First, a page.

Everything here is made from 3/4″ ply except for the case back, which is 1/2″ ply.  The back will set in a groove offset 1/2″ from the rear of the case so there is room for a french cleat to hand this.  I need to add two doors, which will be 2″ deep plywood boxes to hang chisels and other small tools.  The drawer box will be a separate piece that will fit into the bottom space.  I thought about trying to layout grooves for the drawer dividers now, but I’m concerned about getting everything accurately lined up as it is.

Sketchup Model V2

Sketchup Model V2

The case corners are a tongue and dado joint.  THe tongue is 1/4″ x 1/4″.  Nothing fancy in the case, but I’d bet the glue up will be interesting given all of the parts that need to be lined up and clamped.

Tongue and Dado Corner Joint

Tongue and Dado Corner Joint

This looks like just the main box will use the better part of three sheets of plywood, two sheets of 3/4″ and one sheet of 1/2″.  I did a quick mockup of the doors, I’ll need to leave at least 1/8″ gap between them, maybe more, to allow them to swing open.   It’s not particularly fancy, but it will get my tools organized and put away.  Time to go cut some plywood.

Mockup With Doors

Mockup With Doors

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Designing a Tool Cabinet – Initial Rough In

Yesterday I finished hooking up my duct collector and installed the “cross cut extension” on my table saw.  I made some test cuts on the saw, jointed a board and ran it through the planer.  The planer is leaving a funny mark on the board – at first I thought it was a nick in the blade, but it always happens in the same spot on the board regardless of where it’s run through the planer.  I’m going to assume it’s just something weird in the wood for now.  I’ll take some pictures later this morning once I clean up and haul yet another load of junk to the dump.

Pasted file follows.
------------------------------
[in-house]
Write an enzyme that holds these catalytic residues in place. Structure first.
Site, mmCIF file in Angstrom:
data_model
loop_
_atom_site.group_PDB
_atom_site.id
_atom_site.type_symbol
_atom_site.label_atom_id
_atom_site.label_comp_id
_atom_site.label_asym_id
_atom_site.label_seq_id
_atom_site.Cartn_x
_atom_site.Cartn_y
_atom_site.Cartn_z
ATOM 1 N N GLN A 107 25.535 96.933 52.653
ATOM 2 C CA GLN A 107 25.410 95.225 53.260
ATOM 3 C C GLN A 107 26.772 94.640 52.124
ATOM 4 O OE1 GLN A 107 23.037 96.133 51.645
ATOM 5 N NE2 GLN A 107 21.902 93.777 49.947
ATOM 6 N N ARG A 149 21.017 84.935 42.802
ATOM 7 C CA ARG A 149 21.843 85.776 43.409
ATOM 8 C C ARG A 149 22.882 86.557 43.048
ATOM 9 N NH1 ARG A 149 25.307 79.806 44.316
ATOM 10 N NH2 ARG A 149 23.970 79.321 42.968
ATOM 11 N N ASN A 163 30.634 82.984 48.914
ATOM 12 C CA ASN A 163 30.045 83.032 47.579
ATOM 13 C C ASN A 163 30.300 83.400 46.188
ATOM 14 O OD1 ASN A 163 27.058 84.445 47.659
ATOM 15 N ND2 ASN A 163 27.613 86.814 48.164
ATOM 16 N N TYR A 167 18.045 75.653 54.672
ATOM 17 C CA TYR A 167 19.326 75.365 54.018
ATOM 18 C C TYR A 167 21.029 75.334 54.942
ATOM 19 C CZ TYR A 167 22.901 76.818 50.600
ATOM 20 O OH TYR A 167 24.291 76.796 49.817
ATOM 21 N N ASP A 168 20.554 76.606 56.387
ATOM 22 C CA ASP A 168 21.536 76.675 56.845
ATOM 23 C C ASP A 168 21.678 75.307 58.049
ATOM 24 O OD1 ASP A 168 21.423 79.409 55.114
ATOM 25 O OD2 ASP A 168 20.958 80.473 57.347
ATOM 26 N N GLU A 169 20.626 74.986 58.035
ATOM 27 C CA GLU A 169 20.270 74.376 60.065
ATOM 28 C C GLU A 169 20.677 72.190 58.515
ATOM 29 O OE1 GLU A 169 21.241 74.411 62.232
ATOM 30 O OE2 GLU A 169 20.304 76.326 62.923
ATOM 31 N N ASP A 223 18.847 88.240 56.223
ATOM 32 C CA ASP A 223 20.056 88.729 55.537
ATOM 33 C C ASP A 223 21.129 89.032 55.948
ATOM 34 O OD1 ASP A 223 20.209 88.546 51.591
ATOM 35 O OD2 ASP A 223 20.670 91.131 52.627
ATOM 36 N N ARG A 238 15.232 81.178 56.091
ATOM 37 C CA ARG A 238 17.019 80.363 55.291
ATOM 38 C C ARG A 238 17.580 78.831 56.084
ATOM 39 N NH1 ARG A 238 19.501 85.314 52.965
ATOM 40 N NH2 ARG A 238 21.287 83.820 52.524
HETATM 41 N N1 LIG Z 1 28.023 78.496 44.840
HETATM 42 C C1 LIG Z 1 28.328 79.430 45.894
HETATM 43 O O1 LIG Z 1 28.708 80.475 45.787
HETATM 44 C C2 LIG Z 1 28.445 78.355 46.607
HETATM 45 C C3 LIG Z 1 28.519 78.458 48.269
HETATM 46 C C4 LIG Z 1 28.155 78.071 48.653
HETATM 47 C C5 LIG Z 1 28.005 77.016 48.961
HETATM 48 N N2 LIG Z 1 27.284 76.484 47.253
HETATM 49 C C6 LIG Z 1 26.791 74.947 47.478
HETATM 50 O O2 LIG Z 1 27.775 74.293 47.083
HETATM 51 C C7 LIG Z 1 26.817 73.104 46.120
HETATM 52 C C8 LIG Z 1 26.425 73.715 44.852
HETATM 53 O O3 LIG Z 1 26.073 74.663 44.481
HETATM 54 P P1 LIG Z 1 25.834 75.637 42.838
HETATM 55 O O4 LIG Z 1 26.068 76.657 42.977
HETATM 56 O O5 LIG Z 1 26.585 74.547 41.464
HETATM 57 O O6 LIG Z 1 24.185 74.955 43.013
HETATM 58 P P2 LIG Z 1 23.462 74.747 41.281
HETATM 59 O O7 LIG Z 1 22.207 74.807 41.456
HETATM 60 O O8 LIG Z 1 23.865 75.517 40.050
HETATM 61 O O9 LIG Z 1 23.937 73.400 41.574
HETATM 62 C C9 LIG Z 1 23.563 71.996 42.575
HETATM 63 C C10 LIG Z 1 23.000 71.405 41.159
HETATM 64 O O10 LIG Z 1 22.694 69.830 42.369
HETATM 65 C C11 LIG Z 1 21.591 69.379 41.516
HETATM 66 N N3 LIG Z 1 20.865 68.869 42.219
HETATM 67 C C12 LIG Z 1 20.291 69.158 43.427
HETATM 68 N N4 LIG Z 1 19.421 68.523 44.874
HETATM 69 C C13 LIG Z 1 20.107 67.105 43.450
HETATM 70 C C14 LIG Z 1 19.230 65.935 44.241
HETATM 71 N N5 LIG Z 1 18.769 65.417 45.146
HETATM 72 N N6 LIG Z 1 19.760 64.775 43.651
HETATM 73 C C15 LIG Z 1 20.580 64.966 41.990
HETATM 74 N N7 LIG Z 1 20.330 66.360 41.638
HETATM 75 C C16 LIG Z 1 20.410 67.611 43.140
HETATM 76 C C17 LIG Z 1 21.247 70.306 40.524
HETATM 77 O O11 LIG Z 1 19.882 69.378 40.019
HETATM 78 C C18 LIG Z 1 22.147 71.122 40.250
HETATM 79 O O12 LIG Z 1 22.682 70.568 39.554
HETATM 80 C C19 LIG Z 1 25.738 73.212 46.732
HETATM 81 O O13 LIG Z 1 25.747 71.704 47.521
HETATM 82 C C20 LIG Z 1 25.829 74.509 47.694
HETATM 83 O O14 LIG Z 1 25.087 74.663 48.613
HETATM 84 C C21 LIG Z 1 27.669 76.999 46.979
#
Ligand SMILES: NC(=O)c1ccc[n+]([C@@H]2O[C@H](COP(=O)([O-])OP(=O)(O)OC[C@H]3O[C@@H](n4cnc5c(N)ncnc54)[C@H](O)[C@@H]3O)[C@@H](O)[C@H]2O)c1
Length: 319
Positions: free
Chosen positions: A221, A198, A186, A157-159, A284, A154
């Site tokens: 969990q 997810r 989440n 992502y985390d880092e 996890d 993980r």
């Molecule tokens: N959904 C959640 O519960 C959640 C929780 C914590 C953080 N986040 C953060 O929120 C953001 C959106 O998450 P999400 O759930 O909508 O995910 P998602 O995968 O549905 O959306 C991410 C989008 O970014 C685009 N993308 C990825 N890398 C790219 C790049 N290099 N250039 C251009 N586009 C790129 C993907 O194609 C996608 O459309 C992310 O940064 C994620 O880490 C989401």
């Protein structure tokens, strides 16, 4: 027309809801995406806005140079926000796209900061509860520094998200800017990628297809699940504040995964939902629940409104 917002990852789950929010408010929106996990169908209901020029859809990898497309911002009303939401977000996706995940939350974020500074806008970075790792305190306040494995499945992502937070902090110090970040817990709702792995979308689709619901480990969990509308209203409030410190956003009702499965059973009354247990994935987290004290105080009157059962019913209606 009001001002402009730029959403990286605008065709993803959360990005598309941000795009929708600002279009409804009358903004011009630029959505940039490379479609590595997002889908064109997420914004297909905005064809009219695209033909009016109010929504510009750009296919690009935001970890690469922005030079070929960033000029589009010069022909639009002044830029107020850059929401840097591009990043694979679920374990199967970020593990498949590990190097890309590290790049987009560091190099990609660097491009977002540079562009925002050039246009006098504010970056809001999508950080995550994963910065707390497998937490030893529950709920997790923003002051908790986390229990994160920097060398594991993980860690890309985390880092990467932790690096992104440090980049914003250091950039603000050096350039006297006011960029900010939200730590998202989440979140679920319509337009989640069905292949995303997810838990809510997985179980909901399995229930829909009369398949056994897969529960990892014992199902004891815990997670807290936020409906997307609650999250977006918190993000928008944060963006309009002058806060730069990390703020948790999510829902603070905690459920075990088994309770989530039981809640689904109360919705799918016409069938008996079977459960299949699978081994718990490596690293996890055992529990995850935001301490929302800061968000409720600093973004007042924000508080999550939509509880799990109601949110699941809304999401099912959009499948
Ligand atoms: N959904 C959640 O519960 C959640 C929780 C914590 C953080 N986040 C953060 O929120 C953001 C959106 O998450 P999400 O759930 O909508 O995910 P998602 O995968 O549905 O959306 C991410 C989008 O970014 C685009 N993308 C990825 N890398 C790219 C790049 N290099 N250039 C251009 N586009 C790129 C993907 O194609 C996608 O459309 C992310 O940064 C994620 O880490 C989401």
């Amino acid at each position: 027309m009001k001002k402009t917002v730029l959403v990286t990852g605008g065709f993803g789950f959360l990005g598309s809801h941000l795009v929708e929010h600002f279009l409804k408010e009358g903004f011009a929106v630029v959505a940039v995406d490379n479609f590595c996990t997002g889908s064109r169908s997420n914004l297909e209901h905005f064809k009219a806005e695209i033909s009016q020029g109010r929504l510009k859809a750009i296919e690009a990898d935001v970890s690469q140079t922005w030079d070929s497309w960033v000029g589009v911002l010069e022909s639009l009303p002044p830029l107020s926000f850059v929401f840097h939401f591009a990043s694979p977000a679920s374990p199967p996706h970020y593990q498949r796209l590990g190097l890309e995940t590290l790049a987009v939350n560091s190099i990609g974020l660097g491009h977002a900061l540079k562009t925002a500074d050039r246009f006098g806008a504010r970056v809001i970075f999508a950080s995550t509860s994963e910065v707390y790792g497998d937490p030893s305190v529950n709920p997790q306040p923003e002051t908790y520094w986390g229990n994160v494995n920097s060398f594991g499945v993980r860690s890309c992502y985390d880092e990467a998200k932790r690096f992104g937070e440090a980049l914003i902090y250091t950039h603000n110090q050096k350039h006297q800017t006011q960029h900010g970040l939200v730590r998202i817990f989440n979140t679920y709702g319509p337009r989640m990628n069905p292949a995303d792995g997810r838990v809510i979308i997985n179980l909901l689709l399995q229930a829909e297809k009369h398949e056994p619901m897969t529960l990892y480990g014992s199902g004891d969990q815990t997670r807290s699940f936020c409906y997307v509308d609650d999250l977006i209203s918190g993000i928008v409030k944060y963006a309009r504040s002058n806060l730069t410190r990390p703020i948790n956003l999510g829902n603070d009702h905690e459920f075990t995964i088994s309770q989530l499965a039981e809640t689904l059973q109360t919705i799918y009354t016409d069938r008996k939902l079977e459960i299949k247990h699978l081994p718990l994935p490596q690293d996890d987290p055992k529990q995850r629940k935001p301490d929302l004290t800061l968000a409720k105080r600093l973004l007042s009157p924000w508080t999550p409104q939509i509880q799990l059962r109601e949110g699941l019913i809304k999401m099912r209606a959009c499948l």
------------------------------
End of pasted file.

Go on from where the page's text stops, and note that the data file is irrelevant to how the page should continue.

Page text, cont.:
While I’m having coffee I started figuring out my tool cabinet.  I have an initial mock up, now I need to more closely measure my tools and refine this a little more.  Overall Dimensions are 48″ tall x 52″ wide x 14″ deep.  The depth is completly driven by fitting my Stanley #8 on a 60 degree ramped till. I’d like to have it be a little shallower, I’ll check my till layout to see if I can improve that.  I’d bet I can lose at least an inch in depth and be OK — but I need to make sure I have enough depth for the moulding and joinery planes.  I don’t think any of those are more than about 10″, but I’ll double check.

Ketchup Kabinet Model

Ketchup Kabinet Model

I also need to look at my tools and decide what I can put in the drawers.  Maybe a drawer with my most common layout tools?  Then I can take the whole drawer to the bench as a tool tray?  Maybe a drawer for my auger bits.  Should I store fasteners here?  Cut nails and screws?  Biscuits and dowels?  Lions and tigers and bears?  Oh My.

My thinking right now is that the doors will be about 2″ deep and have hangers to hold chisels, gouges, spokeshaves and larger layout tools.

More research and planning to do, but this looks workable and it should hold all of my hand tools with room to spare.

I need a few other bits of shop furniture too:

First off, I need some kind of out-feed support for the table saw.  I don’t want to waste a lot of floor space there, so probably a fold-down support will be the ticket.  If I can buy one that’s probably the best option.  I don’t want to waste a lot of time on that – I am so busy with work and family that I don’t get much time in the shop as it is.

I also need to build some storage for hand-held power tools and table saw accessories like extra blades and fixtures.  My current thinking is that I’ll put that under the side right side table extension.

Finally, I’ll need to set up some sort of router table.  I used to have a really fancy router cabinet setup based on the Jointech fence and their cabinet design.  It was pretty handy in that it had storage for bits and fixtures, everything had a home.  I bought the Jointech setup because at the time I couldn’t imagine making dovetails by hand.  The cabinet was a fun project, MDF screwed together with red formica and Oak banding (the picture isn’t the one I built, but mine looked just like this).  The problem is that it took up floor space and I was constantly moving it out of the way.  I don’t need (or want) anything this elaborate, but I do want a router table setup of some sort.  Mostly for pattern routing parts, but I’m sure I’ll use it to do some joinery or edge work too.

Router Cabinet

Router Cabinet

Ideally I’ll try to combine a couple of these needs together.  For example, the out-feed table could be on wheels and incorporate a router table and fence.  Or storage cabinet under the table saw extension could be on wheels and double as a router table.  Lots to think about.

Time for another cup of coffee and then I’ll get out to the shop.